There is bubbling inside me

rising panic

calm pushing down

rising fear

serenity pushing down

and I am reminded of the breaths I forgot to take

as I rode the waves of birth







no air

no space

no end

until there was a scream.

But the first time

there was no scream

and I saved my breath

for round two

and only let it go

when I heard the second cry

the third time around.

If a Mother Falls to Her Knees, Does She Even Make a Sound?

Some days, like today, I wish I could just step out of it all just for a moment, long enough to catch the breath I lost somewhere between becoming Woman and becoming Mother.

Some days, to be Mother is to press flat against the packed mud I left indented in my rock bottom.

Some days, to be Mother is to dig and dig beneath what is left of my forgotten corpse and reveal the remains of what I longed for, the bones of my selfishness, and the chains of my distended freedom.

Those days, when to be Mother means the opposite of Mother, my toe traces the line that keeps me from the edge, curling over sharp loathing holding me back.

Oh, I talk about it. I am honest and open and so fucking real.

I hide behind this realness. I confess it. I shout it so that it will not linger in darkness, shining light like a cloak, and I pretend I’ve exposed myself.

I even reach out to others with comfort and love and understanding… so much understanding.

Because I get it, I really do.

I know these days well.

I should know that on those days I am not looking for love and attention. I am looking for reprieve. And no one can give it to me.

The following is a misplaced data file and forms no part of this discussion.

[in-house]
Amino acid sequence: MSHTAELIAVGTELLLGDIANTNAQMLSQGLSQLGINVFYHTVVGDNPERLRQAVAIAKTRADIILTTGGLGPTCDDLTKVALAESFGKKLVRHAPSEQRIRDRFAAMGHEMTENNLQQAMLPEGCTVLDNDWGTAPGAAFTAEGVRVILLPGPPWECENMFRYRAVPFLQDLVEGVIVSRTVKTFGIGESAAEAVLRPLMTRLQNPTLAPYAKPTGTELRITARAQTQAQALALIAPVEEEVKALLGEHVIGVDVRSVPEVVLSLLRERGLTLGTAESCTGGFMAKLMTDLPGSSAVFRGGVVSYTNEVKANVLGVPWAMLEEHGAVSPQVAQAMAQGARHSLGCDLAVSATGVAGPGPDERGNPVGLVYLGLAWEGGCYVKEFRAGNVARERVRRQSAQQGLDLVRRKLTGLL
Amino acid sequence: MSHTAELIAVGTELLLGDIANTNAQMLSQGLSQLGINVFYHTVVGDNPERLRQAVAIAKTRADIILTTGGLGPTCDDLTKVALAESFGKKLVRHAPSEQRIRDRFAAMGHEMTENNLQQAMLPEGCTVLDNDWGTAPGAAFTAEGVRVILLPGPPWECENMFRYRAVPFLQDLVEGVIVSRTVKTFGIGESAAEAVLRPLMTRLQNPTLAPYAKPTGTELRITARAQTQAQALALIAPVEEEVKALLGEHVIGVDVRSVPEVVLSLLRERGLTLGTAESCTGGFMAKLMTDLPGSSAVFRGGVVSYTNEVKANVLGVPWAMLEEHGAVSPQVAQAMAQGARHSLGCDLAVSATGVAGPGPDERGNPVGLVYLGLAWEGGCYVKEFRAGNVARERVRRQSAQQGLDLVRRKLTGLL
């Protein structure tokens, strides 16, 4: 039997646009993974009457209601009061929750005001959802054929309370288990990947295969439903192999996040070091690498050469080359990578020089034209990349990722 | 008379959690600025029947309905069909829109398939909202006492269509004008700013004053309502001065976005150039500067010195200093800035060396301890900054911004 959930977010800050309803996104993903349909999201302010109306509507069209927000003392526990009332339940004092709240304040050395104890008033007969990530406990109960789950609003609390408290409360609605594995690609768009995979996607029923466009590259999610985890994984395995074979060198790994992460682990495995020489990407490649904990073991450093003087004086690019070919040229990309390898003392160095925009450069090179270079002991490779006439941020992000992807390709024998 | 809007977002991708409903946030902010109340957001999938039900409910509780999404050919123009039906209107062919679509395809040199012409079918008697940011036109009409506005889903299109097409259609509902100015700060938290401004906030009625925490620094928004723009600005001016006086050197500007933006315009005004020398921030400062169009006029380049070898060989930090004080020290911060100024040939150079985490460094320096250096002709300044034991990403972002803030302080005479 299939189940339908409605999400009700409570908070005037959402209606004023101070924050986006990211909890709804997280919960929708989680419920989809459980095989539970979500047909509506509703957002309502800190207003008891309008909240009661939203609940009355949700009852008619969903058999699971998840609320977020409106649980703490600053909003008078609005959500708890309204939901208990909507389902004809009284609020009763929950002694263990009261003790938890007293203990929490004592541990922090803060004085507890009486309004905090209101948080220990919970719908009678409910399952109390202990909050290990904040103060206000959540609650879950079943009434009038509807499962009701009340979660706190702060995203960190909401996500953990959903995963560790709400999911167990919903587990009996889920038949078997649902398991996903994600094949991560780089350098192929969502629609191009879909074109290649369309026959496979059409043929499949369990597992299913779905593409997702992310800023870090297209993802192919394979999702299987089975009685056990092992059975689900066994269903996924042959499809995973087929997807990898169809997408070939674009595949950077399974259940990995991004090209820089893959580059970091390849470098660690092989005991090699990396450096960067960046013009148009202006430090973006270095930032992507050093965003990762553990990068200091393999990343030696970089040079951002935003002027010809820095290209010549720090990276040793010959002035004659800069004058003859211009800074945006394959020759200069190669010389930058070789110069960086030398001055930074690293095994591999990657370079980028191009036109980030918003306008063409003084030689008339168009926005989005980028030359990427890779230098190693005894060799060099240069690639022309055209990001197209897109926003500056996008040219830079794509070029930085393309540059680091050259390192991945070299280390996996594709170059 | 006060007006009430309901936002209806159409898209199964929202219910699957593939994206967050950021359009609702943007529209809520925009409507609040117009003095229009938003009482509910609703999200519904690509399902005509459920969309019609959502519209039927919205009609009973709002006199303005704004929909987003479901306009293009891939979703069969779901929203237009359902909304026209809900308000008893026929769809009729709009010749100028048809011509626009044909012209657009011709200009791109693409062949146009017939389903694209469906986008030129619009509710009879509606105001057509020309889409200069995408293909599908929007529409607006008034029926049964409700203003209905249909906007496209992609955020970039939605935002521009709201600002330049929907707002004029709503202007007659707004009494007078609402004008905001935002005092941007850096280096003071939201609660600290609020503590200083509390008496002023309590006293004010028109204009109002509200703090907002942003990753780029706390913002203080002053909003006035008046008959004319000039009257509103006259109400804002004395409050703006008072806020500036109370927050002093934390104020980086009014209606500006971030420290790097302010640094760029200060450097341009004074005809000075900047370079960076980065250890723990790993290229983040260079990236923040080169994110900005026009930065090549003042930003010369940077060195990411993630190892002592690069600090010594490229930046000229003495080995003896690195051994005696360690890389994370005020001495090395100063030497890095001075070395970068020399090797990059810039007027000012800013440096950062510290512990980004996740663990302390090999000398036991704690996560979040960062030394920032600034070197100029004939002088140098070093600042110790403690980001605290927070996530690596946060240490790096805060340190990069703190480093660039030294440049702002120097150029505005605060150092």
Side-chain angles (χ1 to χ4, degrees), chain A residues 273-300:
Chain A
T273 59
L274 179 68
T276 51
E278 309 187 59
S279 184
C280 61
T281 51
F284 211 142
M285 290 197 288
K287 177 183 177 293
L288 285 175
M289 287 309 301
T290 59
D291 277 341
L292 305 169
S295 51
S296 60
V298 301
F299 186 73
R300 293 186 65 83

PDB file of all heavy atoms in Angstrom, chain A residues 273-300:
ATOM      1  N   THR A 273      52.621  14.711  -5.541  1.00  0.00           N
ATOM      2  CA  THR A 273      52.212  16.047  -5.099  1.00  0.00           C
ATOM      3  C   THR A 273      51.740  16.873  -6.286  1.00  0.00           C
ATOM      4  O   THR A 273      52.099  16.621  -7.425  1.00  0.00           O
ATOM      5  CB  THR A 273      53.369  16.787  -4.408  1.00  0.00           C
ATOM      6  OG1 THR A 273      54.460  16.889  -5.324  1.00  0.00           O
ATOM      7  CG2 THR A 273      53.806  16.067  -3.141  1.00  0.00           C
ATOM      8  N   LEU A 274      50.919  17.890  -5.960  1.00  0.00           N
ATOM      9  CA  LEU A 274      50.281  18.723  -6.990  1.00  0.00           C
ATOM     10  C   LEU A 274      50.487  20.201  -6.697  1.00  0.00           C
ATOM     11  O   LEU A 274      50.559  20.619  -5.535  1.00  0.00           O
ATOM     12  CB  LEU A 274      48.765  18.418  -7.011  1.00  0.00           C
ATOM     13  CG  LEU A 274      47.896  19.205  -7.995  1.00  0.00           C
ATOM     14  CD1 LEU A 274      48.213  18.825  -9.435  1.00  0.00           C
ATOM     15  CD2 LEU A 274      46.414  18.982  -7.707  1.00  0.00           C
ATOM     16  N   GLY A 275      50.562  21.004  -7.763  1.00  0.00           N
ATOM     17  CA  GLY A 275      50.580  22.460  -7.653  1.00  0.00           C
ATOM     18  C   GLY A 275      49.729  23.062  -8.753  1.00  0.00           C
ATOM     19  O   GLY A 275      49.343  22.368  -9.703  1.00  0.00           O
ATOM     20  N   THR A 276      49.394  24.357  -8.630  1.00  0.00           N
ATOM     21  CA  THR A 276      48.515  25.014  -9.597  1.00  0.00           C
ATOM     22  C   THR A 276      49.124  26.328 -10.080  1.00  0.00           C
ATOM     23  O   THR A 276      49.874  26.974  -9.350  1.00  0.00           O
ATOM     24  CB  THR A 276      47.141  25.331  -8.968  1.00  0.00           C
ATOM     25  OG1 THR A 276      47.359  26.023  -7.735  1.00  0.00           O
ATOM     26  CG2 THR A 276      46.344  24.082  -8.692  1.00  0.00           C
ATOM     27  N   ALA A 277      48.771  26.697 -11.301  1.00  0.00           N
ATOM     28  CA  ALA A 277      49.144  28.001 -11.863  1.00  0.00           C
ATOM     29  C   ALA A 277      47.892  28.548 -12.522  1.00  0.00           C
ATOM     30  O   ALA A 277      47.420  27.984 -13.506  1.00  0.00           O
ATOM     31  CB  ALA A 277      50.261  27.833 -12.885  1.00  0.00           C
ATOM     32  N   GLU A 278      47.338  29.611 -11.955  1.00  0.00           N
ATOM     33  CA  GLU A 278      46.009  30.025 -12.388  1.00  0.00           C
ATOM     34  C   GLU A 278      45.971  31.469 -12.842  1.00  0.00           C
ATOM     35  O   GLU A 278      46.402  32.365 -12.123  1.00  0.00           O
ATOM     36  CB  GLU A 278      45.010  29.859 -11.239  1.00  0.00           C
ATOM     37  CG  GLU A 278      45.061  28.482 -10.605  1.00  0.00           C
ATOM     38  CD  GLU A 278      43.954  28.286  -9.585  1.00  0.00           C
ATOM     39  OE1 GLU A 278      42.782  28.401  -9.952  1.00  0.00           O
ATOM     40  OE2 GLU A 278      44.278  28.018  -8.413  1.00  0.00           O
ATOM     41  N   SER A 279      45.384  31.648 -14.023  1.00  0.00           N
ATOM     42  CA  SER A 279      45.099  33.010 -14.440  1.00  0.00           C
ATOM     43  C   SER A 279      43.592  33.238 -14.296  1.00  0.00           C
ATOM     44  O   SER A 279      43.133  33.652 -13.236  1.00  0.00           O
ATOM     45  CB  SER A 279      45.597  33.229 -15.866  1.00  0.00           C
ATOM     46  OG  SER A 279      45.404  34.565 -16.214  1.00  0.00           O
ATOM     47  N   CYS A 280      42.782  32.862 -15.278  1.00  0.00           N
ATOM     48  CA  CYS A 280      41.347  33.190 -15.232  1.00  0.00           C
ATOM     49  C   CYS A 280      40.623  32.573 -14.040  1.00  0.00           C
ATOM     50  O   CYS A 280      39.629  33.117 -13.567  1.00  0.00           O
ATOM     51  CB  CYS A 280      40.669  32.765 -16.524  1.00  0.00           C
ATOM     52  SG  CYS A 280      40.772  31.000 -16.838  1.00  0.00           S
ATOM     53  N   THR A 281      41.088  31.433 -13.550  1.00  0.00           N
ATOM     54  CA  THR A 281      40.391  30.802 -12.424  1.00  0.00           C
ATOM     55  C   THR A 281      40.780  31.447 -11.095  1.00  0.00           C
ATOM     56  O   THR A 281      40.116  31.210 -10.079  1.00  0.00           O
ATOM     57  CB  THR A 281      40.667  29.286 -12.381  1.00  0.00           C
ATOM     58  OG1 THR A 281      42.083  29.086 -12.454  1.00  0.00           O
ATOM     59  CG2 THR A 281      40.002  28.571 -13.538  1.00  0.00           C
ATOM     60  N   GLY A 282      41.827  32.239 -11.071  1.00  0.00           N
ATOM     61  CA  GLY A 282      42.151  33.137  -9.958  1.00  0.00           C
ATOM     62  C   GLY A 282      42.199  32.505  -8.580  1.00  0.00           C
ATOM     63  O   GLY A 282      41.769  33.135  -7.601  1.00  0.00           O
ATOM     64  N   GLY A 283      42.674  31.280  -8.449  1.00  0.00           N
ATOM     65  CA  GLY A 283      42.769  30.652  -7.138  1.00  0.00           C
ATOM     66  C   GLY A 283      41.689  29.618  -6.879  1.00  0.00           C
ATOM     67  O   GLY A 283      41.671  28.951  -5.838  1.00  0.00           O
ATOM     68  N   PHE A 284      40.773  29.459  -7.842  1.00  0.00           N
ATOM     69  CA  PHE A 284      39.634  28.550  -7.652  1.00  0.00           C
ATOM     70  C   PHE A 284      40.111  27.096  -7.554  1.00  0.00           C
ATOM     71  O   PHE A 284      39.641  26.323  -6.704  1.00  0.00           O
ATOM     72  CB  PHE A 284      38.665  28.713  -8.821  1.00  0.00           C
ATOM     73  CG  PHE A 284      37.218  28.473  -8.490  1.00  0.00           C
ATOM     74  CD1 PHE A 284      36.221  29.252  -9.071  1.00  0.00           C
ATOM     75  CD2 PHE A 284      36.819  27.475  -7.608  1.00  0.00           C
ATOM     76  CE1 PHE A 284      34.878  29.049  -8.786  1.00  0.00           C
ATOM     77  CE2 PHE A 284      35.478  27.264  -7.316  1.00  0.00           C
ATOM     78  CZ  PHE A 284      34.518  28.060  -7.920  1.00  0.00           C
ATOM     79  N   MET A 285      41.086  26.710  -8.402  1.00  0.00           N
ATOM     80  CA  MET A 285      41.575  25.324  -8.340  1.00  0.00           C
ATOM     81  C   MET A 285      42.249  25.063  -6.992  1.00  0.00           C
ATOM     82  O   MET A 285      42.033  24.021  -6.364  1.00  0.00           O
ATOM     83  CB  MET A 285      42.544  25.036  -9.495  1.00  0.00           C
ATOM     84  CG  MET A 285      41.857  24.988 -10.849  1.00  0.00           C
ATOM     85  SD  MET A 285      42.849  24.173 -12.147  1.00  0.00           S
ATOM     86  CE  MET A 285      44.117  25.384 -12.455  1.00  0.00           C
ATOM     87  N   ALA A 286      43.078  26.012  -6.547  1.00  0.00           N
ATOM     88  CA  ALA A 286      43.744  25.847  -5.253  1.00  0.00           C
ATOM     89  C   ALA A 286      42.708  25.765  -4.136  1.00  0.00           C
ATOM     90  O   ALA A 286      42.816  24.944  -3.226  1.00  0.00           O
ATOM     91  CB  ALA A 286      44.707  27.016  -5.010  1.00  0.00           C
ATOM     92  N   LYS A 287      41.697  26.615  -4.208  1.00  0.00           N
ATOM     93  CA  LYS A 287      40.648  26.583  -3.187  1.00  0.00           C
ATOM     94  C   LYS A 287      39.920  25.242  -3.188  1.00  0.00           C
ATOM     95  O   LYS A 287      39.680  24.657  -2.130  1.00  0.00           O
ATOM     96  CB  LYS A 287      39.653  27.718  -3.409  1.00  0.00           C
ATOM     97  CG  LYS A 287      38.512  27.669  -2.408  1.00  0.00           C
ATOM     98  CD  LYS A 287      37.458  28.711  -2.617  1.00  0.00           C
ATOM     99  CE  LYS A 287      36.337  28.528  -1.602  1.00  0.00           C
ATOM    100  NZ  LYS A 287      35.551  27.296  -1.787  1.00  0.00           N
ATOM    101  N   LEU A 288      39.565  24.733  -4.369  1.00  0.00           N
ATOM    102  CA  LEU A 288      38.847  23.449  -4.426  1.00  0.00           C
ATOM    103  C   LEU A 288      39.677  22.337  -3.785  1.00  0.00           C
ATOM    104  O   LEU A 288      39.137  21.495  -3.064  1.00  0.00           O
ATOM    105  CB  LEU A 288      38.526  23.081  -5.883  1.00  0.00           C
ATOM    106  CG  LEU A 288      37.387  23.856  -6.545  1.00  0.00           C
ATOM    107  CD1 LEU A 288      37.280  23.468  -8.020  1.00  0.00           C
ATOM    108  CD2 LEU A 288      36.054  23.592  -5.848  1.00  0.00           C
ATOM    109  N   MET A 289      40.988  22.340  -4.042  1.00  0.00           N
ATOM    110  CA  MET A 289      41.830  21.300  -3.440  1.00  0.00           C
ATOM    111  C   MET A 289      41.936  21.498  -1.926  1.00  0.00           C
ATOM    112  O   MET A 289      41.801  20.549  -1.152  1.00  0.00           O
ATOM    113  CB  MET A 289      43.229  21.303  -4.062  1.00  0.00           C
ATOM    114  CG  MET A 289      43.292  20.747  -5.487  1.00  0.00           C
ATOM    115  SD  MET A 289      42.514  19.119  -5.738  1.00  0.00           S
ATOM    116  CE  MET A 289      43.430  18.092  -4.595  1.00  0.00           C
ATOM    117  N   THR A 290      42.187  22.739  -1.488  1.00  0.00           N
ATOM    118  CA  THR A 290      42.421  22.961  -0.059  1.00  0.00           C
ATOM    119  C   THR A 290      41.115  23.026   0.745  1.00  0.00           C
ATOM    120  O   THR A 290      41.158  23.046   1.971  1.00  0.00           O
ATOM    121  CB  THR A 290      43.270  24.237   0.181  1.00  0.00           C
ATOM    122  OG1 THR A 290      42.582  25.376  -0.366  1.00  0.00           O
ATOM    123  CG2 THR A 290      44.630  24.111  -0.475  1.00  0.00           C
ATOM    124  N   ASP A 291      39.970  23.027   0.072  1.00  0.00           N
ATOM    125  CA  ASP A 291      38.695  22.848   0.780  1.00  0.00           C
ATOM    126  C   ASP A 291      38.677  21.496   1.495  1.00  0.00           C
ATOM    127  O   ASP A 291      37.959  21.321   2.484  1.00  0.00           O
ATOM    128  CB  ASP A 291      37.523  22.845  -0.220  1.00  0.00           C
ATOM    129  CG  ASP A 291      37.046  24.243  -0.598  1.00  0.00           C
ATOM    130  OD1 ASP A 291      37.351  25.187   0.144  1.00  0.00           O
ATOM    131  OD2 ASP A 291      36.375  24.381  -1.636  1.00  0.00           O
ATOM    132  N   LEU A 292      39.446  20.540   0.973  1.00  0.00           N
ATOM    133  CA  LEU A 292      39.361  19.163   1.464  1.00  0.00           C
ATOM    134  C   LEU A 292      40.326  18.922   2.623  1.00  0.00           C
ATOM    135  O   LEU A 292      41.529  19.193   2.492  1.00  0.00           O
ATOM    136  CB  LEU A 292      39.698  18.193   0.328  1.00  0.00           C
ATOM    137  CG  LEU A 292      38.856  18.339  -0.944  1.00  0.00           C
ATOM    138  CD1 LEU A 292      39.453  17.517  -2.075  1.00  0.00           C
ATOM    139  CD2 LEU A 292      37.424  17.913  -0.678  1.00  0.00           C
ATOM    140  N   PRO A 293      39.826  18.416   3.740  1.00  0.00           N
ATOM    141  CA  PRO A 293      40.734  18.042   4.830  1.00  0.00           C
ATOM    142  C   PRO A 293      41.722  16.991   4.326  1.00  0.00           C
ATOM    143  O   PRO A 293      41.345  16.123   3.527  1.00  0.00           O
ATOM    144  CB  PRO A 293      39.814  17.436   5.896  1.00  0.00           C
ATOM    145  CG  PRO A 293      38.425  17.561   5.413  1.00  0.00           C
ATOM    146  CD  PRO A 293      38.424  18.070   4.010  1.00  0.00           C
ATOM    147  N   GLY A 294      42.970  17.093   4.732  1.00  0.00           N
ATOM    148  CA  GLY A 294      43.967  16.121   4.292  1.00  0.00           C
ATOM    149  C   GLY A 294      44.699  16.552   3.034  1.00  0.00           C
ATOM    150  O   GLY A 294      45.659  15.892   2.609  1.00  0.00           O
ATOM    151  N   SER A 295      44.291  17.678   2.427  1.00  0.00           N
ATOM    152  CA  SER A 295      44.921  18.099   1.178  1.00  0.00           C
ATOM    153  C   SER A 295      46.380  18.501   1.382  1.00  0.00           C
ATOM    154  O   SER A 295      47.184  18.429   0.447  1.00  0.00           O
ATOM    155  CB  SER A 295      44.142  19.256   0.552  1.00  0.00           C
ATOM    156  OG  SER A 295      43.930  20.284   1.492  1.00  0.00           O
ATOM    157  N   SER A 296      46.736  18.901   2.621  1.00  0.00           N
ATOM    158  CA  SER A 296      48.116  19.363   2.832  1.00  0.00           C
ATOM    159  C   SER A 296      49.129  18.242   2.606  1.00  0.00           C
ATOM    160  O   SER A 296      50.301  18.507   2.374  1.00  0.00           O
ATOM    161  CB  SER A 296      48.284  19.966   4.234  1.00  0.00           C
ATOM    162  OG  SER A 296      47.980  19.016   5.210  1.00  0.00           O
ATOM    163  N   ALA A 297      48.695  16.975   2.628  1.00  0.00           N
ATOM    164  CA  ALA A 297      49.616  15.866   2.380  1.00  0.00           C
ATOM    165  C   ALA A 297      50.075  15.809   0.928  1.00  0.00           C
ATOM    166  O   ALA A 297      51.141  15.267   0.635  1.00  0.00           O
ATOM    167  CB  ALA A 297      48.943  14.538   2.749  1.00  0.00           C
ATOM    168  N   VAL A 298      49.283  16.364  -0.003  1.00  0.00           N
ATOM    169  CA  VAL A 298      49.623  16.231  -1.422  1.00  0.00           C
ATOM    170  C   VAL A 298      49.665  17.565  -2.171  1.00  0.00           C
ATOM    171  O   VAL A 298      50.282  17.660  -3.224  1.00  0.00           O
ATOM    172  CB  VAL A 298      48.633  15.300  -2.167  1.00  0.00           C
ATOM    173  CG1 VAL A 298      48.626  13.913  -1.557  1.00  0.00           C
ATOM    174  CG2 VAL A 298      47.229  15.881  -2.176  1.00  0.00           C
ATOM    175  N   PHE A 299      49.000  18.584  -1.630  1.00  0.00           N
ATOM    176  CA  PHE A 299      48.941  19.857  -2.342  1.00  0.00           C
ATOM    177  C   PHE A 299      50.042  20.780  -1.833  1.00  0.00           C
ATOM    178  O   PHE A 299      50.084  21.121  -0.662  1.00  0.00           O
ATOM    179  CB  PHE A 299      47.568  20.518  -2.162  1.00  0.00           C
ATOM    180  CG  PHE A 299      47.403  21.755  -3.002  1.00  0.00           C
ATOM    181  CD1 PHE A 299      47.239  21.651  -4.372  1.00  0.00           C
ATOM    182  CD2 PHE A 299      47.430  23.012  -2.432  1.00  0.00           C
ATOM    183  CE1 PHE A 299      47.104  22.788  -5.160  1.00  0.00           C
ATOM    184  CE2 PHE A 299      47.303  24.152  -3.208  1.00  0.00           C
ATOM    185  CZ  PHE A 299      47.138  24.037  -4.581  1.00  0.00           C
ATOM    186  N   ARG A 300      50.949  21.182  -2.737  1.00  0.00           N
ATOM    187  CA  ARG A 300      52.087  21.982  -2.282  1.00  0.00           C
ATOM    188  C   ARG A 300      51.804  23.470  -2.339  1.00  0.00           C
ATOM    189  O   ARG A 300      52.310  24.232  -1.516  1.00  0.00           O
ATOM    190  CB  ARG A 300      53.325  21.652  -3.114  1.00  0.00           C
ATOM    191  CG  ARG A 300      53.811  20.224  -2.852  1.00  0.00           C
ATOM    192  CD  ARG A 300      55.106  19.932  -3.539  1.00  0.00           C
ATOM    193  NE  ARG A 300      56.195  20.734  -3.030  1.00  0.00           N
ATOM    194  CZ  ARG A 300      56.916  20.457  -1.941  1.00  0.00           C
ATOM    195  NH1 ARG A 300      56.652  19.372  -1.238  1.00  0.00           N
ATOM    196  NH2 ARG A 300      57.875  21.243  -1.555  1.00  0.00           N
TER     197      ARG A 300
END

If a Mother falls to her knees, does she even make a sound?

If a Mother breaks free, does she ever hit the ground?

If a Mother is not a Mother, what is she?


to everyone













peck peck peck

Nothing left

for me.


The Place Where I Belong

She calls me, breathless.

“It was amazing,” she panted. “I loved it. I was made for this, Ima. I need it.”

Patched up by the threads trailing behind her gathering into a seam sewn with every fall and knotted with each triumphant rise, my lungs fill.

My hands slow their spasms. My head sweeps the day’s anxious pacing to the place in my brain that archives these moments in memory where they no longer hold me by the throat.


I had been unsure for so long.

She was my rainbow baby.

When I grew her in my womb, I stopped the world to keep her safe. I could not trust my body, it had betrayed me before. I slowed time, went still, and waited. Month after month, I pushed down my swelling heart, locking it up so it could not get hurt. I would not dream, refused to take any steps further than the one right before me.

And then she burst into the world.

I had never seen the colors she threw at me, the way she blended the lines and filled the spaces with depth and layers. One on top of the other, her shades of joy spun me around and changed me.

But light does not color darkness. Beneath it all, the part of me written into her code lay dormant, waiting to pounce.

It found a moment of vulnerability and doubt and dug deep into her translucent skin.

Oh, how it hurt.